Guy lines and slides will eventually need replacing and a common cause for accelerated wear can be due to UV exposure.
SoulPads are not winterised tents and as such they are not intended for use in snowy conditions. If for any reason your SoulPad does find itself in these conditions you must regularly remove the snow from the canvas surface. The SoulPad tents are not designed to withstand heavy payloads of snow.
Zips sometimes endure extreme tensions. These can be caused by wind gusts, improper erections and adverse pressures caused by people or objects leaning against your SoulPad. Close all zips before erecting, adjusting or taking down your SoulPad. Handle the zips with care. To protect the zips treat them with silicones once in a while. If a zip on your erected SoulPad seems strained, play with the tension on the guy lines or adjust the positioning of the wall loops to find out which adjustment helps the zip to function better. When a SoulPad is erected incorrectly it can cause the zips to fail.
This is the process of replenishing the treatments already applied at the point of manufacture. Spotting when it is time to re-proof can be difficult. A SoulPad tent that has enough proofing agents present will cause the water on the surface to ‘bead’ after a downpour.
The tent will dry quickly in a breeze or sunlight and it will not fade rapidly when exposed to UV. You will literally see beads of water forming on the outer surface of the canvas. When it is time to re-proof your SoulPad, you will notice that the water no longer beads, and that the SoulPad retains the moisture in the canvas for longer, taking longer to dry out than before. The colour of the canvas may also have faded. In the worst cases, mildew will start to appear in the form of small irremovable specs.
Reproofing is simple. SoulPad recommends the use of Granger’s Fabsil with UV. A 5 litre container of this product is enough to treat even the largest of SoulPads. Please follow the manufacturer’s guidelines when using this product. In simple terms: add the liquid to a pressurised container and spray onto the outer surface of the dry SoulPad tent (in fine weather) and allow it to dry. A fine coating is sufficient.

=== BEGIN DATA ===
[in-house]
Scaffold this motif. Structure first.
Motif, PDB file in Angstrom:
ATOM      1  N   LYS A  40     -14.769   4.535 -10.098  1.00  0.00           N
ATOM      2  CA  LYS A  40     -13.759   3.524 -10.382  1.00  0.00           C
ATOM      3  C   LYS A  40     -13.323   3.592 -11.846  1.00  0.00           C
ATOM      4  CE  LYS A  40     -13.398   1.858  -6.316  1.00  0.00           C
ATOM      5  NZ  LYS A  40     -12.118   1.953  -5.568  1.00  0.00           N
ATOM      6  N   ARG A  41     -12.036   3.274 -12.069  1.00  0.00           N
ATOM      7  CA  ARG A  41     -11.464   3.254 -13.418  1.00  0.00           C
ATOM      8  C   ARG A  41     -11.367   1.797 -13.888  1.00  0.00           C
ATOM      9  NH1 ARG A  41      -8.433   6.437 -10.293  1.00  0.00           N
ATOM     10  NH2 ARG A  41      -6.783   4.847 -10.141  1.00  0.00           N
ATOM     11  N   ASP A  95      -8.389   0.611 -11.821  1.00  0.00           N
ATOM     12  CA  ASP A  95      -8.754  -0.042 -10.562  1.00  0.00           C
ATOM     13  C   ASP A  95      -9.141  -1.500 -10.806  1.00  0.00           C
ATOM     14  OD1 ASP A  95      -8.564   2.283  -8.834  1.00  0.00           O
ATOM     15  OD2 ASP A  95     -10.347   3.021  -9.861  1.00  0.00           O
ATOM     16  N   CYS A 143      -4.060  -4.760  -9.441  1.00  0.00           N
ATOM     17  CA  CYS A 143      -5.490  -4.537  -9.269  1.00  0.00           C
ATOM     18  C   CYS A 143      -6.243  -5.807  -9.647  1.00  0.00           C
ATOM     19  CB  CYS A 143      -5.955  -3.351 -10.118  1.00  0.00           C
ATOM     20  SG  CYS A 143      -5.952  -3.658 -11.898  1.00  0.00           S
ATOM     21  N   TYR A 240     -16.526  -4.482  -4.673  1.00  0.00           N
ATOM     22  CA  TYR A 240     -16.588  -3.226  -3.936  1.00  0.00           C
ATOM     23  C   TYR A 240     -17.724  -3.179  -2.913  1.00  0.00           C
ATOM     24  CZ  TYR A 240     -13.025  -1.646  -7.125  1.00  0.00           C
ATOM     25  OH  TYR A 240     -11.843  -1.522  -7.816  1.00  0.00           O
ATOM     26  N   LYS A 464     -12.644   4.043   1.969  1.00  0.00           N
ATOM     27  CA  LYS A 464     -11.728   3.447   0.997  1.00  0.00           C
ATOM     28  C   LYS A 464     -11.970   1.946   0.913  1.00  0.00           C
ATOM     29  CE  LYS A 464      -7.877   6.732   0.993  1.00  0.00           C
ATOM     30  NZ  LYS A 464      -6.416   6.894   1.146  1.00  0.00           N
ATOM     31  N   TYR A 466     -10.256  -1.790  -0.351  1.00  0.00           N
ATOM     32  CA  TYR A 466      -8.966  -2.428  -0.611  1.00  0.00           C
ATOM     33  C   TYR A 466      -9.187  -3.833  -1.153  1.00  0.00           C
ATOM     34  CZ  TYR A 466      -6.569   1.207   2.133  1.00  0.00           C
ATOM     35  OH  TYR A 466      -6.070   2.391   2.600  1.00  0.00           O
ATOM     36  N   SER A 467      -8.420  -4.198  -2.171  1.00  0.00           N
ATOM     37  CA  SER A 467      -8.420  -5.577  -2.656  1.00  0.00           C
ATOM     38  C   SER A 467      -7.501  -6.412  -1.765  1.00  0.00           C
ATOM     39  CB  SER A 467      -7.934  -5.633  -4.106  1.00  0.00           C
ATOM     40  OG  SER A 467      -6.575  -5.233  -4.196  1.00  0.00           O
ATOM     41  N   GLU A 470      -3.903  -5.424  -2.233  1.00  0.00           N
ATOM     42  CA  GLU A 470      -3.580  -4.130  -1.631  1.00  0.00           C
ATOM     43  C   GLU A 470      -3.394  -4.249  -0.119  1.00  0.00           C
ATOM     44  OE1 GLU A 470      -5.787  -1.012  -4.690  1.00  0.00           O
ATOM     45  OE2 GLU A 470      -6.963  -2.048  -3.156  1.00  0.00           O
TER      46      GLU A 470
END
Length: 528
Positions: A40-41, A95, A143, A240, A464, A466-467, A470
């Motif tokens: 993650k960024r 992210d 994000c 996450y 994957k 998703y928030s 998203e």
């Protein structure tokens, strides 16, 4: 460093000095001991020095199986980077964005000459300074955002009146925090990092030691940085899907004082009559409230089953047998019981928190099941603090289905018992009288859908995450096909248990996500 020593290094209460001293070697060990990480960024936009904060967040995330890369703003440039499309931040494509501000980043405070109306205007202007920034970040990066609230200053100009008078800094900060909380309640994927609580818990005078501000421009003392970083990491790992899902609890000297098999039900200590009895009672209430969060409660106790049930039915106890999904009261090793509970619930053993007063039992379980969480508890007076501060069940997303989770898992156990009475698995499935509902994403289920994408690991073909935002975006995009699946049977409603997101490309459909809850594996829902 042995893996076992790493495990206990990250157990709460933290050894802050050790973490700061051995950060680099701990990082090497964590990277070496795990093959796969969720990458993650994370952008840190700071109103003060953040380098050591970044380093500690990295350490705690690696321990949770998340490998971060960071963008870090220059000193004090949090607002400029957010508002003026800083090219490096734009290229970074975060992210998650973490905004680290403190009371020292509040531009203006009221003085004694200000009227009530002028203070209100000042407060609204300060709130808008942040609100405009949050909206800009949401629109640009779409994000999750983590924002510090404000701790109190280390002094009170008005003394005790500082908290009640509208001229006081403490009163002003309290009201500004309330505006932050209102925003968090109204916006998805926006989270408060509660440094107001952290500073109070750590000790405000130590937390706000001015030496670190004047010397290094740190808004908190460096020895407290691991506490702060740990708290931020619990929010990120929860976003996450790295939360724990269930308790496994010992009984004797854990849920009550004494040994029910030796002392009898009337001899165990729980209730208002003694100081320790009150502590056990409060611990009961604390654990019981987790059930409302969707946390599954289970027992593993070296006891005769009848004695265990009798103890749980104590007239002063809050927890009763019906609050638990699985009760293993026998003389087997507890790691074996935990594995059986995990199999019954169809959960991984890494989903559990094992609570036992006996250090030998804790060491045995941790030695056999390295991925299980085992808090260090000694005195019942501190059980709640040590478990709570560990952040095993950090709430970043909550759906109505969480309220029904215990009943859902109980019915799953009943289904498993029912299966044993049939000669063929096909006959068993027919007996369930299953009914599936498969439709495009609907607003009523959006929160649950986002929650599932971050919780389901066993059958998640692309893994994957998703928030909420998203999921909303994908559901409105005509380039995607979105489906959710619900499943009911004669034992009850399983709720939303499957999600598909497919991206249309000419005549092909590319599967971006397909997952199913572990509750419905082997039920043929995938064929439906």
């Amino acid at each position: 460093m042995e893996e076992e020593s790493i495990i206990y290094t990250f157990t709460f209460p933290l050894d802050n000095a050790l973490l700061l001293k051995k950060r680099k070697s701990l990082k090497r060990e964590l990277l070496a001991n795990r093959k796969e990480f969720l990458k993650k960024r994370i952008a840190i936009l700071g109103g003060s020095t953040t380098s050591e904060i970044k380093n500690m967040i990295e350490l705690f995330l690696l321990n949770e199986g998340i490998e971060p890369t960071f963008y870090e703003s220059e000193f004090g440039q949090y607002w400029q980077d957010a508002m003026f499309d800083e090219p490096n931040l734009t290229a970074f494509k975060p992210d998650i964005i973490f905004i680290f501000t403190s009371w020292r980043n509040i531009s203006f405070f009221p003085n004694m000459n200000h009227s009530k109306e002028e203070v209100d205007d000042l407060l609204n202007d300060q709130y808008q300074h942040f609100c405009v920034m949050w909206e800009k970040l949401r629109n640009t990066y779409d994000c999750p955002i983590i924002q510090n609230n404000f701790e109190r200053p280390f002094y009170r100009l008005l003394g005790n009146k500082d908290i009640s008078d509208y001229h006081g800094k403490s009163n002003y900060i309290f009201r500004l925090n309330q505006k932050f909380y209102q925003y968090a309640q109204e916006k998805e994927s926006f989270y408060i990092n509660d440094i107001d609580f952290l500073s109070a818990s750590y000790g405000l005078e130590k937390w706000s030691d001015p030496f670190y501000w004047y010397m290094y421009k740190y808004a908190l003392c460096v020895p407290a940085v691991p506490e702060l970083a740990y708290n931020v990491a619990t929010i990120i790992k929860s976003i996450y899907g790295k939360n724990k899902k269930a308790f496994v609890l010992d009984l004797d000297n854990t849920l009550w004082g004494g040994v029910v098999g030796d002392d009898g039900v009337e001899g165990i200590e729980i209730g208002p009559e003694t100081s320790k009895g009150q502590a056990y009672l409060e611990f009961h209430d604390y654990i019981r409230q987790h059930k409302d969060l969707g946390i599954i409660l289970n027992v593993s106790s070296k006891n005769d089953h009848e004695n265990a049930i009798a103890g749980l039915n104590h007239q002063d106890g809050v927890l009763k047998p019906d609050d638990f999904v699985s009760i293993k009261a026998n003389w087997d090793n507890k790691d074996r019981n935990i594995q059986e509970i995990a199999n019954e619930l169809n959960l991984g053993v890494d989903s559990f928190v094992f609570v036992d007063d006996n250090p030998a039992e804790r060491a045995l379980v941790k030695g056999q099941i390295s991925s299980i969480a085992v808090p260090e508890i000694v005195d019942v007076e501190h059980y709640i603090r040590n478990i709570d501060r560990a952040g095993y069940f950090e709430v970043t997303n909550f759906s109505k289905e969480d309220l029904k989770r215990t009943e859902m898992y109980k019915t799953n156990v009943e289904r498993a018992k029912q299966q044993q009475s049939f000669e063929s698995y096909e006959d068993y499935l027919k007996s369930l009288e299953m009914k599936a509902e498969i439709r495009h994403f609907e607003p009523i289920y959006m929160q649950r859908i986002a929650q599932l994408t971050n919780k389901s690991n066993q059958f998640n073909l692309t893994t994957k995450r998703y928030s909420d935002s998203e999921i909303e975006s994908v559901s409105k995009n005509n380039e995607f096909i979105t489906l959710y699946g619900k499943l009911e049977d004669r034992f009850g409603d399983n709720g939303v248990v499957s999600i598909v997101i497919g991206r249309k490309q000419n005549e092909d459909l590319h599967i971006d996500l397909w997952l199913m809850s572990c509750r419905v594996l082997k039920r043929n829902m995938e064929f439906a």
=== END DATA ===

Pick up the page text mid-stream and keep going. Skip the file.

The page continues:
Fungus and Mildew:
One of the most common problems to occur in canvas is mildew. This is easily preventable.
The onset of fungus or mildew is a sure sign that your SoulPad is past needing a treatment with a cleaner and waterproofing agent, or that it has been stored incorrectly.
There are a number of reasons why mildew develops in canvas (exposure to dust and/or bacteria for example). It is most commonly formed when exposed to certain conditions of humidity and temperature.
Even if the canvas is mildew resistant, mildew will form if left damp. The best way to dry your SoulPad tent is for it to be fully pitched and allowed to dry naturally in fair weather. It should not be hung to dry as fungus and mildew could form in the folds and creases of a hung SoulPad tent.
Mildew is very destructive to cotton fabrics as well as other materials. Mildew most commonly forms when tents are put into storage when damp. However, depending on the environment mildew can start while the tent is set up also. Under certain conditions of humidity and temperature it’s on-set can be very fast indeed. If mildew has started to grow, it can be stopped from spreading by thoroughly drying the tent (preferably in the hot sun) and applying a cleaner, followed by the re-waterproofing of any areas cleaned.
When dealing with fungus use a soft brush or sponge and a lot of fresh water to remove as much as you can and to stop the fungus from spreading. Only use specialised canvas tent cleaning products for this purpose. Other domestic, chemical products can be too harsh and cause the canvas structure to breakdown and leak.
Be sure to air your tent from time-to-time. Condensation levels should be kept to a minimum by regular airing (open the windows and entrances regularly to allow air to circulate inside the tent too.
Keeping grass and weeds trimmed around the bottom of the tent is also important since dampness clings to foliage and does not allow air to get to the fabric.